The 140-or-less-character tweet became my daily writing practice. As my Twitter skills and tools developed, my tweets grew sharper and deeper. To see what I mean, visit: @merileedkarr
I wrote my new article on the dangers of indoor air in ten days, because I had to.
Last June 13, Meg Merrick, editor-in-chief of Metroscape, sent me a frantic email:
I don’t know how quickly you can turn your article around but we have run into a crisis with our lead article and need to come up with a new article for our upcoming issue. Would you be willing to do the article you pitched now instead of later? Unfortunately, we will need a quick turnaround.
Let me know.
By “quick turnaround,” she meant “in about ten days.” Normally I would budget six to eight weeks to research, construct, and polish a major feature article, the kind I had been expecting to produce for Meg’s Winter issue.
I apologize to my reader(s) for being absent so long. I thought I knew why I gave up this blog last fall – because I felt demeaned by the way a certain magazine changed a story of mine without asking.
But as I got over it, and sat down to restart this blog last weekend, a deep, paralyzing sadness came over me. What the hell? I thought.
So I dove into the emotional laboratory of my journal to place this feeling. And hey, it’s my old frenemy, helplessness, powerlessness, to help or save or protect something. I can’t protect my stories from careless or uncaring editors.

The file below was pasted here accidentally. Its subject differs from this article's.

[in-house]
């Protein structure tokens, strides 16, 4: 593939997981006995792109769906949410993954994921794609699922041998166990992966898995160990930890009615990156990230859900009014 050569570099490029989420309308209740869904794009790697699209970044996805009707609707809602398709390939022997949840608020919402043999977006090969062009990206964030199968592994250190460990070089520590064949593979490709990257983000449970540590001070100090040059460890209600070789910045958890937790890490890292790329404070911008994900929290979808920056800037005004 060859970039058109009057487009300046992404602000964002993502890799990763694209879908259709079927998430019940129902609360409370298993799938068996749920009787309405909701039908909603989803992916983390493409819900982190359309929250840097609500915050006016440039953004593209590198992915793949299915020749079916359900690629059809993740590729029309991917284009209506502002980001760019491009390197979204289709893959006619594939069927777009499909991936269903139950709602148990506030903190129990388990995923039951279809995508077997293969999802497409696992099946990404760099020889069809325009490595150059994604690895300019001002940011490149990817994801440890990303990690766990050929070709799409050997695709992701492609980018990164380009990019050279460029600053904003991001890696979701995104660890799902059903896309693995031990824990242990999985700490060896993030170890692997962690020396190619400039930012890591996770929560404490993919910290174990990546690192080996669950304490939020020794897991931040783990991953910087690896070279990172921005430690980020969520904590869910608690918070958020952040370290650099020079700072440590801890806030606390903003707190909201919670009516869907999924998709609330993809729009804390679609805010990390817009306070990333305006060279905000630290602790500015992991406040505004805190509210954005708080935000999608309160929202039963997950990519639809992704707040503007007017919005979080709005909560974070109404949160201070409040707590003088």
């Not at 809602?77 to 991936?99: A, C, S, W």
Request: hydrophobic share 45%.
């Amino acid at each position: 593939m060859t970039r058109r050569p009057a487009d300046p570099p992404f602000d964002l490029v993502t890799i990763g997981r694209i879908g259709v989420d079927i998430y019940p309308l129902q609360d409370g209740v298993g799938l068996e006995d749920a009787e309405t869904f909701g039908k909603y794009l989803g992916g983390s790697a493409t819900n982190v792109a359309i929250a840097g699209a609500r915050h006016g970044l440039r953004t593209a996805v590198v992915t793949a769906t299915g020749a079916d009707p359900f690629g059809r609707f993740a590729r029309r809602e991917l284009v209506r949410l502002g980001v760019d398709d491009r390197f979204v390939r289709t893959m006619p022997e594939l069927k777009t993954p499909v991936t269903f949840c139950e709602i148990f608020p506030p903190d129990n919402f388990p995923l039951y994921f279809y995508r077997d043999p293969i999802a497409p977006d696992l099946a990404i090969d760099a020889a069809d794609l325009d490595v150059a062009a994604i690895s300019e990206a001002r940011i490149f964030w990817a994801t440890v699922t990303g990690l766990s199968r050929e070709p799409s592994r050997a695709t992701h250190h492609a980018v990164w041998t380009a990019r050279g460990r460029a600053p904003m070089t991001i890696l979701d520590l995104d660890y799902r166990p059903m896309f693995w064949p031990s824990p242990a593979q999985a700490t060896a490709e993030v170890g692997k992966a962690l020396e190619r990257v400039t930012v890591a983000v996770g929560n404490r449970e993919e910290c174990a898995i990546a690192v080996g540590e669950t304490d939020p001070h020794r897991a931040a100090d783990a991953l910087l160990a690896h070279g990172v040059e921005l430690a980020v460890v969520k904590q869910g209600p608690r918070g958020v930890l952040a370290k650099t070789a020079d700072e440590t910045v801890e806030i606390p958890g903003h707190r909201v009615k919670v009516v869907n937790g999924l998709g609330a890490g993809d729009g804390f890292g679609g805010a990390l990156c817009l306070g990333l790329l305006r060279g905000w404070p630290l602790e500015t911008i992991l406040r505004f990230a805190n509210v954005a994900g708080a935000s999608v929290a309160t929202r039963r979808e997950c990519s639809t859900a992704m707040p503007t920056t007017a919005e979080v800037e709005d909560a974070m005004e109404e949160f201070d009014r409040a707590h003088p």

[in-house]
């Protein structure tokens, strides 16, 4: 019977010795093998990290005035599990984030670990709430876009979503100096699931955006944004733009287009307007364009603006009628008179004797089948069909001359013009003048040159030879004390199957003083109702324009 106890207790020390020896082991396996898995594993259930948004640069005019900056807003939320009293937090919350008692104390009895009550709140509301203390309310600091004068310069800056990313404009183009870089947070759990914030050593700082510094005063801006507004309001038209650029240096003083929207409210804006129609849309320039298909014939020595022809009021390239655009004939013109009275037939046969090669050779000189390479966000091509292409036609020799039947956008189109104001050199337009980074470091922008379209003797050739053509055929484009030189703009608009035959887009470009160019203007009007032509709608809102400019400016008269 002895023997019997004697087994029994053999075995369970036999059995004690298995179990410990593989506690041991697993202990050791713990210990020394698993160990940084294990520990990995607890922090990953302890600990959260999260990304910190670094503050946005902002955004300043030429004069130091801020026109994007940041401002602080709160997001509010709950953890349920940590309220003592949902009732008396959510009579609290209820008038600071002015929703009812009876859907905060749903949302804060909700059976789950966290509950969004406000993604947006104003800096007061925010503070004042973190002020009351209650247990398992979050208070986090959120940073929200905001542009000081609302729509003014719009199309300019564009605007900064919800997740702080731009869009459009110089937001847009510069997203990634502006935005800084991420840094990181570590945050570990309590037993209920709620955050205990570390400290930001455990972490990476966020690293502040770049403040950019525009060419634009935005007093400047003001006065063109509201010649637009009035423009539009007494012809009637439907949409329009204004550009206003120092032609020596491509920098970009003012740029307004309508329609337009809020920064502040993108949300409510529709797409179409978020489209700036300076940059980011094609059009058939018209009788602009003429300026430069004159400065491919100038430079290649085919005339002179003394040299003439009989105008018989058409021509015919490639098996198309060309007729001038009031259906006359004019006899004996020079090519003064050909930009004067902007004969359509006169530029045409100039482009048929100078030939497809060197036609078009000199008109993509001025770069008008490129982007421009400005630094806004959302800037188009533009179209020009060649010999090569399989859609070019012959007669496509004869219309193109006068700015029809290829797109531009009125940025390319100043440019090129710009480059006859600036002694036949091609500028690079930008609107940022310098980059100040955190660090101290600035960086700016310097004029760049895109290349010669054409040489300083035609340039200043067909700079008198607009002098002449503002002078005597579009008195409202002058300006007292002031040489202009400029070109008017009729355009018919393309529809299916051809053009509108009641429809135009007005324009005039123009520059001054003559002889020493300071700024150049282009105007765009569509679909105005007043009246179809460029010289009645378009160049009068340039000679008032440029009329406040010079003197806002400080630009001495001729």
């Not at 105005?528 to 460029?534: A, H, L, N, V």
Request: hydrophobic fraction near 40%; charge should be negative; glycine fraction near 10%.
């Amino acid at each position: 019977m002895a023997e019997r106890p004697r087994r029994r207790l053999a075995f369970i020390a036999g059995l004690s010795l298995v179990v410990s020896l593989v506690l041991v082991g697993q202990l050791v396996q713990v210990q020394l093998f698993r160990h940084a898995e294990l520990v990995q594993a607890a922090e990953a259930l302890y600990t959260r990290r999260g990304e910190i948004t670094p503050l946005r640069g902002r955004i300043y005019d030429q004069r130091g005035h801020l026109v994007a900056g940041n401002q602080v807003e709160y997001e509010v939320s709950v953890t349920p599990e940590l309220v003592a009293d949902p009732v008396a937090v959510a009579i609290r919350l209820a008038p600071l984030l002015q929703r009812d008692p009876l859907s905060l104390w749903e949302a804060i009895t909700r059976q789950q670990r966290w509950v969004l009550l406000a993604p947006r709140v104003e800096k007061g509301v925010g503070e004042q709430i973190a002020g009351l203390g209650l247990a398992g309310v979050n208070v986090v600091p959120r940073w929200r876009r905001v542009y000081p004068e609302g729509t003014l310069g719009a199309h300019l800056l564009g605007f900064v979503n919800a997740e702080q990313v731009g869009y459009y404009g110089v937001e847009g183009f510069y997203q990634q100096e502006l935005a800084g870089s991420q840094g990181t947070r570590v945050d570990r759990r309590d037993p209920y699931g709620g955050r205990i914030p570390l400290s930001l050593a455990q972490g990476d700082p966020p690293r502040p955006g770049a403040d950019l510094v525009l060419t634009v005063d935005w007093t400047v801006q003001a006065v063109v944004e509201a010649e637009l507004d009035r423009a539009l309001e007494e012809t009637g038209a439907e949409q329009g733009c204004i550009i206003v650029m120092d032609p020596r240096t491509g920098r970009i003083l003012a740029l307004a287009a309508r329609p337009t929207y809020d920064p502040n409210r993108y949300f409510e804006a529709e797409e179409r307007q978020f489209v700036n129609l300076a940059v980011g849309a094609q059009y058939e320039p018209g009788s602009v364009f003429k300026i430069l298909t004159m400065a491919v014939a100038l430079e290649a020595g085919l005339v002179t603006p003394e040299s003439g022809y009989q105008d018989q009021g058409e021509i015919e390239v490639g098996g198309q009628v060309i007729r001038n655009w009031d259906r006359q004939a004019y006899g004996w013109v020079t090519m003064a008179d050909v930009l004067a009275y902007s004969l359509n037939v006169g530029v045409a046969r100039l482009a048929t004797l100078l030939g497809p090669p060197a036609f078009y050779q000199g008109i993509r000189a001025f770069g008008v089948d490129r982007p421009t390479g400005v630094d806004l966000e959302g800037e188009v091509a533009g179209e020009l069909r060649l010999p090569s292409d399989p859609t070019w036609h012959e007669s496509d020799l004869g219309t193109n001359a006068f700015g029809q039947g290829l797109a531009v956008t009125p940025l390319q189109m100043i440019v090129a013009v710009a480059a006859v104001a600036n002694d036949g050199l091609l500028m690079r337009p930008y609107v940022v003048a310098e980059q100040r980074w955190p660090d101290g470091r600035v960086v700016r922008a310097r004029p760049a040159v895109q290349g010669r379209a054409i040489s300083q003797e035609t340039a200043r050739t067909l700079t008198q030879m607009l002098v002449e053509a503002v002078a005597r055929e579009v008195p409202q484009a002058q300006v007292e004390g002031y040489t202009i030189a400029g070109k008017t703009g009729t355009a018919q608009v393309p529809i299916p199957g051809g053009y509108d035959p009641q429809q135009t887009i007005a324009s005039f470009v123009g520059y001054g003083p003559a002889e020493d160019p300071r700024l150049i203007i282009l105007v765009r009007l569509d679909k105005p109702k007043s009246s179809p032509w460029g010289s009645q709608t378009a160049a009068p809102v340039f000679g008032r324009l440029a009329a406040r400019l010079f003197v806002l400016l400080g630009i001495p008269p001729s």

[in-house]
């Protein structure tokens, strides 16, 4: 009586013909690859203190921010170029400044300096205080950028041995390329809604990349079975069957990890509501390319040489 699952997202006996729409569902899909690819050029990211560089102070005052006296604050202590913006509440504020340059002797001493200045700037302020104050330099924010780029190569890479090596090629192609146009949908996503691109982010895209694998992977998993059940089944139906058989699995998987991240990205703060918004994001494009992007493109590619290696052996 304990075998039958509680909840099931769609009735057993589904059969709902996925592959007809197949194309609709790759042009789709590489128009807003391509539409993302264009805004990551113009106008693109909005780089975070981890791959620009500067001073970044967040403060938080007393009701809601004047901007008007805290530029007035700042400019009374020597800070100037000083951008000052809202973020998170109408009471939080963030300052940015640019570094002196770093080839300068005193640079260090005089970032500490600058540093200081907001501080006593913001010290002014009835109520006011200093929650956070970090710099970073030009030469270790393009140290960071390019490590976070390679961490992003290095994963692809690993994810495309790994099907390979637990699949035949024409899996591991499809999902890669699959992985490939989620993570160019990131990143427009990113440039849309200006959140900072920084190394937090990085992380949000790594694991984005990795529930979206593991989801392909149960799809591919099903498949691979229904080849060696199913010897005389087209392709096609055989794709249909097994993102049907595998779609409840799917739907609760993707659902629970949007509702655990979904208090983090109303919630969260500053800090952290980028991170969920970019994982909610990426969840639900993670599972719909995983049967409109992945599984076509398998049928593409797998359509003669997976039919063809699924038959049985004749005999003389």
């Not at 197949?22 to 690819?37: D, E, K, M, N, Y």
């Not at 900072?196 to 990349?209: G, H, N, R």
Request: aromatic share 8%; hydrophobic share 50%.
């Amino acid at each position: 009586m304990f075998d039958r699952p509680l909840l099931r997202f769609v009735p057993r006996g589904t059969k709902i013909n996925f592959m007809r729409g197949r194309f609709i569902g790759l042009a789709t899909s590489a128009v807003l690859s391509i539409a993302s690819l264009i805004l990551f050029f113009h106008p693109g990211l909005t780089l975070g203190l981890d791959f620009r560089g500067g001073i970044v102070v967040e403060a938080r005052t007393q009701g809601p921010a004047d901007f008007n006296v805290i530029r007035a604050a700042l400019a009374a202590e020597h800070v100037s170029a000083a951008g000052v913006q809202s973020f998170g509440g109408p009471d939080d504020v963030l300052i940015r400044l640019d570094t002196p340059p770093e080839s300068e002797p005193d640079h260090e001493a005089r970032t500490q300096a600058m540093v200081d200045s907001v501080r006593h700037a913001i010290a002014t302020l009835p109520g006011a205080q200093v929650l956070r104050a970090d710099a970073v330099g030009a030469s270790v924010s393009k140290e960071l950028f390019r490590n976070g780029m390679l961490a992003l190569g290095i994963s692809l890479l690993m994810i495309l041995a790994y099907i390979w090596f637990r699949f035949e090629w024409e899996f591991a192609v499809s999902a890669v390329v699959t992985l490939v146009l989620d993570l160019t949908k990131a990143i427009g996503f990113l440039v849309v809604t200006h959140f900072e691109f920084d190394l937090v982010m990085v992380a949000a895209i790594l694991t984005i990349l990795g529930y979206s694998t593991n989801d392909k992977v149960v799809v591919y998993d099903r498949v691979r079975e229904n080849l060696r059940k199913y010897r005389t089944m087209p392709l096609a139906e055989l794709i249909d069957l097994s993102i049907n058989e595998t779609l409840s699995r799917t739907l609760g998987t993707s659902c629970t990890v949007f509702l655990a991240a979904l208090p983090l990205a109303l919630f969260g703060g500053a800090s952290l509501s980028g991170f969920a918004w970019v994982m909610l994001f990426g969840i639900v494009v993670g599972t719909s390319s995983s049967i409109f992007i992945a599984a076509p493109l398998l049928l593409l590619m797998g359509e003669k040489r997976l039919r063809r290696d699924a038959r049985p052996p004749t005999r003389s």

Well, so what? As a writer I should have thick skin. Why is this feeling paralyzing?
Oh, wait, right. I couldn’t protect Mama from herself. (I went into medicine to learn how to fool people like her into saving themselves. But I couldn’t save her.) I couldn’t keep her from crushing Daddy.
There was the patient I couldn’t save in med school because t I couldn’t make my residents listen. It’s still a heart-twisting memory. That failure to save someone who desperately needed help set off a crisis for me. It resolved in my med school senior thesis (a play I called “The Moment of Death: Or, How Your Doctor Got That Way.”)
Helplessness and I go way back.
Should I stop taking risks I can’t control the outcome of? No way.
Maybe I should send my stories out and trust them to take care of themselves. But they’re not just stories. I have a debt to the people who trusted me to tell their truth with actual facts. If the copy is wrong, I’ve betrayed them, by not being able to control the editorial process.
I can’t resolve this dilemma. But recognizing it helps. Here I am.
Part 3 of Constructing a Pitch – Dramatic Structure
So my protagonist has to be one or several building scientists. Protagonists come equipped, by definition, with objectives, obstacles to those objectives, and strategies to overcome those obstacles.
(I learned this articulated approach to story structure from Pauline Peotter, in her year-long course “Playwright’s Boot Camp” at Portland State. She refuses credit for inventing the method, but I’ve never seen it anywhere else.)